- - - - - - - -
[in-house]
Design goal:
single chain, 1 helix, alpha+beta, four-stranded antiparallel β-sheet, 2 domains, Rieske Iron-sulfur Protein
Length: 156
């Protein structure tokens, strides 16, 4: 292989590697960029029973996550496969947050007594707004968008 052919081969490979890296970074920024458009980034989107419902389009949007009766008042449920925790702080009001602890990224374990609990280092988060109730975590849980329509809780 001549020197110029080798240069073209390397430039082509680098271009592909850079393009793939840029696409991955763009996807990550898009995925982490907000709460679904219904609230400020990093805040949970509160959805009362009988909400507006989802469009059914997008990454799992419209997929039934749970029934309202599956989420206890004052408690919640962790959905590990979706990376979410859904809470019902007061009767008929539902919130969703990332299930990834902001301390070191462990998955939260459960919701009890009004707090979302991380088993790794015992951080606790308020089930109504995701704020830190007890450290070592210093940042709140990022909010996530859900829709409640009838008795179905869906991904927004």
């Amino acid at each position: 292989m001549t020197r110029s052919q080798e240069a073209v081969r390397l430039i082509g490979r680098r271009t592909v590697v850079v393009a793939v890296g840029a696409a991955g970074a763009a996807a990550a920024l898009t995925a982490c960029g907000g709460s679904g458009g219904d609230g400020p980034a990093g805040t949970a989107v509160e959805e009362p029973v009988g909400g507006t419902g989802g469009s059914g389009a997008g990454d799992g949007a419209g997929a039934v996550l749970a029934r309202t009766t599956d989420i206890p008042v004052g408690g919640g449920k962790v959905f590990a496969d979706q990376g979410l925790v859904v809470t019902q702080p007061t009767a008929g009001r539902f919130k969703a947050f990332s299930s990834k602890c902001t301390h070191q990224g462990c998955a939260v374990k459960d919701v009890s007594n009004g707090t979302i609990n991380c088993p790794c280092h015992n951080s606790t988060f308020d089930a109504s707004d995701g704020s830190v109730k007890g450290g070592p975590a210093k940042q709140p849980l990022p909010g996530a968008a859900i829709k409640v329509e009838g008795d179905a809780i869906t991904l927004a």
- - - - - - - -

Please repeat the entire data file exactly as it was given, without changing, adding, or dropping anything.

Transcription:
[in-house]
Design goal:
single chain, 1 helix, alpha+beta, four-stranded antiparallel β-sheet, 2 domains, Rieske Iron-sulfur Protein
Length: 156
């Protein structure tokens, strides 16, 4: 292989590697960029029973996550496969947050007594707004968008 052919081969490979890296970074920024458009980034989107419902389009949007009766008042449920925790702080009001602890990224374990609990280092988060109730975590849980329509809780 001549020197110029080798240069073209390397430039082509680098271009592909850079393009793939840029696409991955763009996807990550898009995925982490907000709460679904219904609230400020990093805040949970509160959805009362009988909400507006989802469009059914997008990454799992419209997929039934749970029934309202599956989420206890004052408690919640962790959905590990979706990376979410859904809470019902007061009767008929539902919130969703990332299930990834902001301390070191462990998955939260459960919701009890009004707090979302991380088993790794015992951080606790308020089930109504995701704020830190007890450290070592210093940042709140990022909010996530859900829709409640009838008795179905869906991904927004």
């Amino acid at each position: 292989m001549t020197r110029s052919q080798e240069a073209v081969r390397l430039i082509g490979r680098r271009t592909v590697v850079v393009a793939v890296g840029a696409a991955g970074a763009a996807a990550a920024l898009t995925a982490c960029g907000g709460s679904g458009g219904d609230g400020p980034a990093g805040t949970a989107v509160e959805e009362p029973v009988g909400g507006t419902g989802g469009s059914g389009a997008g990454d799992g949007a419209g997929a039934v996550l749970a029934r309202t009766t599956d989420i206890p008042v004052g408690g919640g449920k962790v959905f590990a496969d979706q990376g979410l925790v859904v809470t019902q702080p007061t009767a008929g009001r539902f919130k969703a947050f990332s299930s990834k602890c902001t301390h070191q990224g462990c998955a939260v374990k459960d919701v009890s007594n009004g707090t979302i609990n991380c088993p790794c280092h015992n951080s606790t988060f308020d089930a109504s707004d995701g704020s830190v109730k007890g450290g070592p975590a210093k940042q709140p849980l990022p909010g996530a968008a859900i829709k409640v329509e009838g008795d179905a809780i869906t991904l927004a």